- Given the choice, candidates often prefer to apply directly because they feel more in control of their application process. There’s also a certain distrust felt by jobseekers towards recruitment agencies, largely created by the minority of salespeople who put their commission before candidates’ careers.
Similarly, you may want to consider headhunters if the talent pool is very small and easy to identify.
Creating relevant and high-quality recruitment blog content can be a slow but occasionally effective way of recruiting over the long-term.
Advertising with the Job Centre Plus, may help you find applicants for blue-collar workers. But don’t be fooled by the free job advertising, the cost is the amount of time you waste with irrelevant applicants.
Job Fairs and Career Fairs are generally a waste of time unless you have a significant and immediate hiring requirement.
Finally you may want to use an HR consultancy to take over your entire recruitment process.
The main exceptions to this order are in the following situations:
- Recurring roles. If you regularly recruit replacement staff or recruit for a growing organisation, I recommend continual recruiting using as many channels as you can. This means you’re under less pressure when an employee leaves. In this situation, advertising anonymously with varying advert copy is a good idea, otherwise jobseekers might think you have a high staff turnover and be put off applying.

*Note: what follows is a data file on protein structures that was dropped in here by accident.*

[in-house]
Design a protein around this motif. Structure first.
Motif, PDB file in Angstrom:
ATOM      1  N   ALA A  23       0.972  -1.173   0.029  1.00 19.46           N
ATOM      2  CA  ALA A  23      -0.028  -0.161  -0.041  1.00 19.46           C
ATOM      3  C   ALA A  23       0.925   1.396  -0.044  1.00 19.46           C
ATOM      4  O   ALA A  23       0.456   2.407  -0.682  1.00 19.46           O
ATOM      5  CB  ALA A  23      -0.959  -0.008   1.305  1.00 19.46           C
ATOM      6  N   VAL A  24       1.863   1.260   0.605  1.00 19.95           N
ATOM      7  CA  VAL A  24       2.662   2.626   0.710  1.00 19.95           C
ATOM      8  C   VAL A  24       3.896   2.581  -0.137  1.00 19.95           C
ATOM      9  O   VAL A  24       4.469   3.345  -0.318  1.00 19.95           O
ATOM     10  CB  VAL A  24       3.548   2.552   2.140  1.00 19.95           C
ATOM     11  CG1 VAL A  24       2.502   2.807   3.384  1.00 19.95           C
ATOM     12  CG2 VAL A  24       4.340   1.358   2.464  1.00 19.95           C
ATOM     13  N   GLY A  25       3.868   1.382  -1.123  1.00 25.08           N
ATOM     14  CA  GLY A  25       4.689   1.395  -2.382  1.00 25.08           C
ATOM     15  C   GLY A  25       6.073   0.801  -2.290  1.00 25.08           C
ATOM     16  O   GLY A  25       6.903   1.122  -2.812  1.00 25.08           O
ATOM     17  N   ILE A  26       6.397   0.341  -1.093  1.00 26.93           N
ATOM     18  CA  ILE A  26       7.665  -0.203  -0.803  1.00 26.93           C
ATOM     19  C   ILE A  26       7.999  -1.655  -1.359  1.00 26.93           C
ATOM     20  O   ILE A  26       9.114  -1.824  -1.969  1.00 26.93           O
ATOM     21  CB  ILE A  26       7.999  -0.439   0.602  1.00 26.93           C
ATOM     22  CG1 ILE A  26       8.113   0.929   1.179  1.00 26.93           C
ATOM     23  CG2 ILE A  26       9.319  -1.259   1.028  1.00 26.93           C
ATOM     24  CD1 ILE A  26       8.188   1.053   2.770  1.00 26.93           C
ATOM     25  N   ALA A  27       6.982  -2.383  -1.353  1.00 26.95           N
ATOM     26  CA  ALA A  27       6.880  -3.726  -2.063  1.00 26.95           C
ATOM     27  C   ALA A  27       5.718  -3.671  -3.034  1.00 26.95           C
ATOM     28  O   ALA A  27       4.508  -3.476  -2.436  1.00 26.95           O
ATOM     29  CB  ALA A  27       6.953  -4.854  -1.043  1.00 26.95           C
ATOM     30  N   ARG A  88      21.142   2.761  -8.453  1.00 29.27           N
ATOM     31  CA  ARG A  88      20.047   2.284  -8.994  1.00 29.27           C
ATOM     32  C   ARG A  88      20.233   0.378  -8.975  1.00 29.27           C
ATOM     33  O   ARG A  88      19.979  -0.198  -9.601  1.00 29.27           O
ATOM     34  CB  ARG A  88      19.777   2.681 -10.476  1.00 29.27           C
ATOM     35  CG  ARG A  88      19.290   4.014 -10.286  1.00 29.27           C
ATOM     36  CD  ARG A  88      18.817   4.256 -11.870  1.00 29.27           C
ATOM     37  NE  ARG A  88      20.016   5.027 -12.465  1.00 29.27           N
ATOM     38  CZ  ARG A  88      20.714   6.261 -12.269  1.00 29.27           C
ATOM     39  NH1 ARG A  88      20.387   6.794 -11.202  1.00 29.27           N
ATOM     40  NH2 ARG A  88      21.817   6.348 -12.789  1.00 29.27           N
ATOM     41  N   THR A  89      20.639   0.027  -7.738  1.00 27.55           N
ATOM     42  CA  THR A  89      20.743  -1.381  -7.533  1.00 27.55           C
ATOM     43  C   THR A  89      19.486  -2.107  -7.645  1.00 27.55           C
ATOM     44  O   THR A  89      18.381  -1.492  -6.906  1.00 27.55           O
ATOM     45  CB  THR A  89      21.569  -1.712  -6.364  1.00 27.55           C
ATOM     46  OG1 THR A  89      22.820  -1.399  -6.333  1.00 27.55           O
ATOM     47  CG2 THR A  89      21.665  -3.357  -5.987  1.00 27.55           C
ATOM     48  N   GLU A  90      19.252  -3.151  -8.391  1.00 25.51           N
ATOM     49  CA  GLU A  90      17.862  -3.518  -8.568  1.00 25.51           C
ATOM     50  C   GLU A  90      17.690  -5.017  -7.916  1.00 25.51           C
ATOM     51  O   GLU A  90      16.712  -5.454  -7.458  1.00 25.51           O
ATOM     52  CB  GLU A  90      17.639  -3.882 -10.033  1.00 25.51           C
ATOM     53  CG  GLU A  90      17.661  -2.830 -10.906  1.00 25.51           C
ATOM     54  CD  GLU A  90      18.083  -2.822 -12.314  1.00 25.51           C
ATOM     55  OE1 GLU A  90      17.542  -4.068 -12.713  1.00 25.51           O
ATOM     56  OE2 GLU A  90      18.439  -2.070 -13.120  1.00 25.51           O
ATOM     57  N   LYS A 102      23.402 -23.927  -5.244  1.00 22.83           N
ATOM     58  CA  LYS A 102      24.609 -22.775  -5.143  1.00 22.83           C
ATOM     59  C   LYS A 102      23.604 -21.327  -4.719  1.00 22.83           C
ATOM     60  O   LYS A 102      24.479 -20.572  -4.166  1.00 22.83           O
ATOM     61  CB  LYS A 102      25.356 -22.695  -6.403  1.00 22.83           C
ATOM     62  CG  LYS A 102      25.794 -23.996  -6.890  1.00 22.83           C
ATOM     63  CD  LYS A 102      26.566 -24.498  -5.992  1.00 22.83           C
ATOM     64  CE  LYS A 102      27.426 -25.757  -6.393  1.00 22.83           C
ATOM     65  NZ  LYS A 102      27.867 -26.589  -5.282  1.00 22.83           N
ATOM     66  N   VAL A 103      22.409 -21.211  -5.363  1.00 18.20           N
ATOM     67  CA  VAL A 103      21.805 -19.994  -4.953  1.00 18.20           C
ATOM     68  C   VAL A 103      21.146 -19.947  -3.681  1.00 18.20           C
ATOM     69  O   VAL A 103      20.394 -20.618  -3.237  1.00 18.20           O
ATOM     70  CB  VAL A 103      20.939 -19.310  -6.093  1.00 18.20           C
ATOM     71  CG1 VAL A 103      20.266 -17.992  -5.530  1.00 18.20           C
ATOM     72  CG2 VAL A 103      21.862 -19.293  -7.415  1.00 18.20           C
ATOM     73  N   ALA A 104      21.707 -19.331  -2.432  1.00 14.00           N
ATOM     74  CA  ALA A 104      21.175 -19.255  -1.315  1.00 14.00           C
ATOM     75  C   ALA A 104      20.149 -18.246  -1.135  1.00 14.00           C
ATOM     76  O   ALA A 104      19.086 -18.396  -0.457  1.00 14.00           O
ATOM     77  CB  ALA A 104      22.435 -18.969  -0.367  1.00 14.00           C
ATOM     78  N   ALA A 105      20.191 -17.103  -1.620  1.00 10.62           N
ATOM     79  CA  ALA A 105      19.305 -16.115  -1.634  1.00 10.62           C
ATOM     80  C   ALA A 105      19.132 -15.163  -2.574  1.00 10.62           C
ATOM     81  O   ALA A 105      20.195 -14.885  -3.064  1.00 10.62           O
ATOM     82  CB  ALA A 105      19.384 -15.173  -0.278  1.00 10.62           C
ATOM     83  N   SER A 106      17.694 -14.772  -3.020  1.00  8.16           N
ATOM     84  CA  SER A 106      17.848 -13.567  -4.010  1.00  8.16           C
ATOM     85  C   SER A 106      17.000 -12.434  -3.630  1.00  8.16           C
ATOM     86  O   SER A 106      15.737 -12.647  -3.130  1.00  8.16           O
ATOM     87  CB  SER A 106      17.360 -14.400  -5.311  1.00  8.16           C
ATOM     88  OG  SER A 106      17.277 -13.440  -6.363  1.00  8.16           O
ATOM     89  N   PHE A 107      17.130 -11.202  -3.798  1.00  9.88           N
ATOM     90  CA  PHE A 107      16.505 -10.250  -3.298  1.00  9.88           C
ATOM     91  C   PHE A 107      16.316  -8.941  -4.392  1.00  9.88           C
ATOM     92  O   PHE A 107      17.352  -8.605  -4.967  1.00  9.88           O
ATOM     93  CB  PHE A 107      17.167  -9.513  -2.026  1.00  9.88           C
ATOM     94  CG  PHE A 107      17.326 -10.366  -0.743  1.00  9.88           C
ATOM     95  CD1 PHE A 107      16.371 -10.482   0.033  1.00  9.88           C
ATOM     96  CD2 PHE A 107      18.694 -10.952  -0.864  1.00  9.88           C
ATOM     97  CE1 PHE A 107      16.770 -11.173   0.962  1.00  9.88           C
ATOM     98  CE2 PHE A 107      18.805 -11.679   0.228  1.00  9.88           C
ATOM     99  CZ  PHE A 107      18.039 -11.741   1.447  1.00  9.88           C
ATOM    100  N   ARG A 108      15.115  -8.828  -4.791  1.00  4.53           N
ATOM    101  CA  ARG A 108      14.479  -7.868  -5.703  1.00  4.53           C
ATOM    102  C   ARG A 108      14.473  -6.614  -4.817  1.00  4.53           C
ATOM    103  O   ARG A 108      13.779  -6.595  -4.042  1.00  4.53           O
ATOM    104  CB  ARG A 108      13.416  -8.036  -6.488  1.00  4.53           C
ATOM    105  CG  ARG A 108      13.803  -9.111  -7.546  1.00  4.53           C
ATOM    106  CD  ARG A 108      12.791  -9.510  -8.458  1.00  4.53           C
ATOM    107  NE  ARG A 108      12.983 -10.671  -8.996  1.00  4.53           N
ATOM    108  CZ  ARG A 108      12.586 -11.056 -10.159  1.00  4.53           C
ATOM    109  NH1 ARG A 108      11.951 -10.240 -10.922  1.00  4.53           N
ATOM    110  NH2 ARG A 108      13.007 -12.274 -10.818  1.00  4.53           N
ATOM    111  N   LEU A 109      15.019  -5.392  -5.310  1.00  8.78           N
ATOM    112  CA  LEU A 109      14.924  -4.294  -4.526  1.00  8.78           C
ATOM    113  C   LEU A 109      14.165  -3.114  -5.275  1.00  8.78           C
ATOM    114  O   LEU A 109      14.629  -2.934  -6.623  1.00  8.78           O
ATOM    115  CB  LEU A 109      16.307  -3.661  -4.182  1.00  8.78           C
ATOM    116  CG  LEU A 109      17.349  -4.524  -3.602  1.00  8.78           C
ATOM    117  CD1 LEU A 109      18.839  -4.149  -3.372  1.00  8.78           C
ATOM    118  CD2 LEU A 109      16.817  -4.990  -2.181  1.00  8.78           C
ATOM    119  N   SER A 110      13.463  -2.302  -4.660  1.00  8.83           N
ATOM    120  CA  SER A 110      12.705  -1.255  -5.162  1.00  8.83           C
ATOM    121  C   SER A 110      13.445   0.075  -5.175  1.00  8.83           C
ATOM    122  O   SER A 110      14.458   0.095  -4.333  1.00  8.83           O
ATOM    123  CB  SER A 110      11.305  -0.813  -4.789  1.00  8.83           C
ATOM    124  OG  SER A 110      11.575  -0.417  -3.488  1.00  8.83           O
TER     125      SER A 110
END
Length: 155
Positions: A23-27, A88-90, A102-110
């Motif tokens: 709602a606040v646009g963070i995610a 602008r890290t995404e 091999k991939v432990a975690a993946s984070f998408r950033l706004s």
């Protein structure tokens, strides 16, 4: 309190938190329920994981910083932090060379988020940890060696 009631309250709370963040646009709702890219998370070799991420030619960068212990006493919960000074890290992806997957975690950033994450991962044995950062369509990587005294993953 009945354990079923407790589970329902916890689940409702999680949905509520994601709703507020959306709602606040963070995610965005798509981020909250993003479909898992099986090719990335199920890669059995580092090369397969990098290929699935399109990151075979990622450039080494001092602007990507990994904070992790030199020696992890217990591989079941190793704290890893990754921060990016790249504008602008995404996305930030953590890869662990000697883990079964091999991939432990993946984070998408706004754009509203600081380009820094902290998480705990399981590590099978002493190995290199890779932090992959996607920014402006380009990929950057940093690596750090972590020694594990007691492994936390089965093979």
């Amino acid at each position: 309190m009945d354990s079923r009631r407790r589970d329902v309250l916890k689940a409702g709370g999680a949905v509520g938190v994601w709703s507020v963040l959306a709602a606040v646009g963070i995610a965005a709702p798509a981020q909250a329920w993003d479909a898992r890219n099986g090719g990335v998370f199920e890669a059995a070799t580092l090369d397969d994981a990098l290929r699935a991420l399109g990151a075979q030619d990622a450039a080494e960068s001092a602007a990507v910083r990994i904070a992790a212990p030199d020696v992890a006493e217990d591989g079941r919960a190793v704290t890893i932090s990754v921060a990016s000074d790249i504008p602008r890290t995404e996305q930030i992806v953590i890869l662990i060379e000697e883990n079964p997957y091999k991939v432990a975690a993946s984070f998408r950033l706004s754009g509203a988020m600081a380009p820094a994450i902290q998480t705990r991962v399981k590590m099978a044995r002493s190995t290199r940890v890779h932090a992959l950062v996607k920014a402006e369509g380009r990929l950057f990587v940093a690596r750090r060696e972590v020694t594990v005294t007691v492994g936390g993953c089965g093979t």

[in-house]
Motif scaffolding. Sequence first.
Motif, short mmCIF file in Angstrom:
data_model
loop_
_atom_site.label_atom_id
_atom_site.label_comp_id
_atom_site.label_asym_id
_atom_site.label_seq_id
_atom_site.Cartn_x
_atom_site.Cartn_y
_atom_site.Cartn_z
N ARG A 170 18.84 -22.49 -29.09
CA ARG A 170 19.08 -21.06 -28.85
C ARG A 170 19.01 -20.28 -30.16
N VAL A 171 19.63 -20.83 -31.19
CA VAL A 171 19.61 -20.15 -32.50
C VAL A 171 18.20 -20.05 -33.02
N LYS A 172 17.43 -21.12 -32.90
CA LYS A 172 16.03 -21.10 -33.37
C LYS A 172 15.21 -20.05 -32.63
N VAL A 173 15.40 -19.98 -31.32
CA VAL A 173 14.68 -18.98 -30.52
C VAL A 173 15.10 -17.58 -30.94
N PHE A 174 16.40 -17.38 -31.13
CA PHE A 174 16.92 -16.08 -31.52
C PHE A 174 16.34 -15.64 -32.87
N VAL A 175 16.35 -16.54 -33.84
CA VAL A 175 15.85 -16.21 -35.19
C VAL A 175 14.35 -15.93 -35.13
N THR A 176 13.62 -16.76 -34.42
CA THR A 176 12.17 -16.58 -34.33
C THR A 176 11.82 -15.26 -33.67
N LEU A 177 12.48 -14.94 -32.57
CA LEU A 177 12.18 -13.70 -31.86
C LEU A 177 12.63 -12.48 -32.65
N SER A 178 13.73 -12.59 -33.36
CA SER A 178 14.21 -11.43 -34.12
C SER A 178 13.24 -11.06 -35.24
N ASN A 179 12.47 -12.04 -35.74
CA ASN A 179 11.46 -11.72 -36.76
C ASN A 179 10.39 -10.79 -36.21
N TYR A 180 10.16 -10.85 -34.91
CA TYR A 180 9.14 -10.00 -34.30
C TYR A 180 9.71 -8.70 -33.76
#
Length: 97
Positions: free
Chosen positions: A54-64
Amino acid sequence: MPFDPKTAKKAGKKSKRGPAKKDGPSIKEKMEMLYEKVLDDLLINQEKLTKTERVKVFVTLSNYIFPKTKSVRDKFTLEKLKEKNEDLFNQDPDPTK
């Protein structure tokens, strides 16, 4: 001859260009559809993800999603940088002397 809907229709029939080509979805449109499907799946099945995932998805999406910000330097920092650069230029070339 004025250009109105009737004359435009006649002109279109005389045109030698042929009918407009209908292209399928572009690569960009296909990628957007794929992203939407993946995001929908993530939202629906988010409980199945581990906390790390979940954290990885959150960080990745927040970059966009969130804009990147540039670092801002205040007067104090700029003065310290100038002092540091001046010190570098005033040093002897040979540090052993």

- Time sensitive roles. For these, I recommend trying to source directly without external support for a week and then going to third parties. This ensures you’re not paying unnecessarily for recruitment agencies to send you active applicants that you could easily find yourself.
- Confidential roles. I jump straight to job site advertising and flat-fee recruiters using anonymous adverts.
- General retail and hospitality roles. I typically start with a “help wanted” advert in a shop window with a clear call to action about how to apply. Be careful not to damage your consumer brand, though: I’ve seen restaurants advertising for chefs with “no experience required”, which as a potential customer makes me want to find somewhere else to eat!
Avoid These Applicant Attraction Channels
It's also worth mentioning what I recommend avoiding:
- Newspapers and industry magazines. The fortunes of printed media have suffered with the advent of the internet. As jobseekers started going online, advertising revenue followed them. A few publishers have managed to cling on because of their reputations and many have set up their own job sites. But it’s one thing to write great editorial content, quite another to run a successful job site.
- Games. You’ve probably seen the likes of MI5 and the armed forces create elaborate games to attract and assess applicants for certain roles. These are often dreamt up by advertising agencies trying to reinvent themselves. They generate a lot of press but waste resources and lead to few hires. This is because solo-player games with a known end point don’t help identify team players who are good at activities with uncertain outcomes. And while the “winners” may be brilliant in one field, they may not have the skills needed for another.
- PR. Recruitment is about filling jobs, not developing brands or inflating egos. Whilst this technique may work for big brands (eg. Tesco, 2021), your brand is probably not newsworthy enough.